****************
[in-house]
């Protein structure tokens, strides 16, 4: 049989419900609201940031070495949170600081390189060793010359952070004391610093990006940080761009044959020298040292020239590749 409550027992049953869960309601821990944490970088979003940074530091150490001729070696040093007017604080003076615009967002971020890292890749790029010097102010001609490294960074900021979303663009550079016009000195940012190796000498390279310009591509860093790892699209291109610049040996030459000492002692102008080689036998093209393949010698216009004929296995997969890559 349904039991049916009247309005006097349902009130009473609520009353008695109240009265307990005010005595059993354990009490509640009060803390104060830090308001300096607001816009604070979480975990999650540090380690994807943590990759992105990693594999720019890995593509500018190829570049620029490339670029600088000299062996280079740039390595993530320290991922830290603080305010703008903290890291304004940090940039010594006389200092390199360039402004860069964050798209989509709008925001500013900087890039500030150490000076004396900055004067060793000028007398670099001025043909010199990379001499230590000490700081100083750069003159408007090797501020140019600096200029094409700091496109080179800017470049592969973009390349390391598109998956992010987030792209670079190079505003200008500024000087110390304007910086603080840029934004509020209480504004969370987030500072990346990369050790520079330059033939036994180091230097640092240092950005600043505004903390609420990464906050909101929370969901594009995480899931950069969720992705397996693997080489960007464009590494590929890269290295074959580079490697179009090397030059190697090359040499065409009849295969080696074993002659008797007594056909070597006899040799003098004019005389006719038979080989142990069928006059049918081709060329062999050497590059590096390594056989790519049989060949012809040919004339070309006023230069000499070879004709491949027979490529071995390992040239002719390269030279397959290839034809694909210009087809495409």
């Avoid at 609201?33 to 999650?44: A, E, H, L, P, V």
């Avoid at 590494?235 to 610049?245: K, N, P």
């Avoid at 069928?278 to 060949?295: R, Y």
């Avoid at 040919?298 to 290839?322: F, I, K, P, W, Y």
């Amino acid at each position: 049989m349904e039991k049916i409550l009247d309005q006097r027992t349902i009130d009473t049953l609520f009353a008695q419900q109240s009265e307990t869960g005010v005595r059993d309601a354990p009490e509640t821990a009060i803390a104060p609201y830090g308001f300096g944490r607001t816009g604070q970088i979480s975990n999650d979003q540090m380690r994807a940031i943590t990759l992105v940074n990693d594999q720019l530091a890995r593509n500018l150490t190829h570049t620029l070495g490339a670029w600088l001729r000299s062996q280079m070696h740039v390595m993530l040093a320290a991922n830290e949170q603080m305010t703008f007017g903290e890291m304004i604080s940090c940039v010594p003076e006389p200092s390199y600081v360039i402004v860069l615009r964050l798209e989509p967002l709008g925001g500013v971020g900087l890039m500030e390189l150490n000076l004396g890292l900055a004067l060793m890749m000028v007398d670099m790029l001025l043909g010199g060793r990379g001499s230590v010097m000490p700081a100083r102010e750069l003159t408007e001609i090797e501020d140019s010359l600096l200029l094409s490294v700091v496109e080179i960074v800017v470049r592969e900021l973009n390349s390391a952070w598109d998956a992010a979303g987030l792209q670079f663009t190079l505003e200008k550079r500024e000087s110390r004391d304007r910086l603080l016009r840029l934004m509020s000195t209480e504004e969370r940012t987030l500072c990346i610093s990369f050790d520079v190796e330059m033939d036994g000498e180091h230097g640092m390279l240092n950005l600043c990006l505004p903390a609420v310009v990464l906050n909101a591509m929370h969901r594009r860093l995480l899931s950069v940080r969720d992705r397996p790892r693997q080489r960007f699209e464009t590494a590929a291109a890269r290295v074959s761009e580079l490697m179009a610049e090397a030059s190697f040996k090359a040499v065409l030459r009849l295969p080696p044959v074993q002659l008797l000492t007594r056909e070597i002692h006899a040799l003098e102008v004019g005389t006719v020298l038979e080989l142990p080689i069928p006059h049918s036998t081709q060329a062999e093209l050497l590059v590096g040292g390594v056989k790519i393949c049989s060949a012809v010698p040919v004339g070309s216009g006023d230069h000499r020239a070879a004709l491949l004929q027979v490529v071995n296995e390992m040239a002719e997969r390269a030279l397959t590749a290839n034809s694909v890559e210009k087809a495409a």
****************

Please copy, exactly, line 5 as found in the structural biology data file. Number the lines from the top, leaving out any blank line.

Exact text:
């Avoid at 069928?278 to 060949?295: R, Y």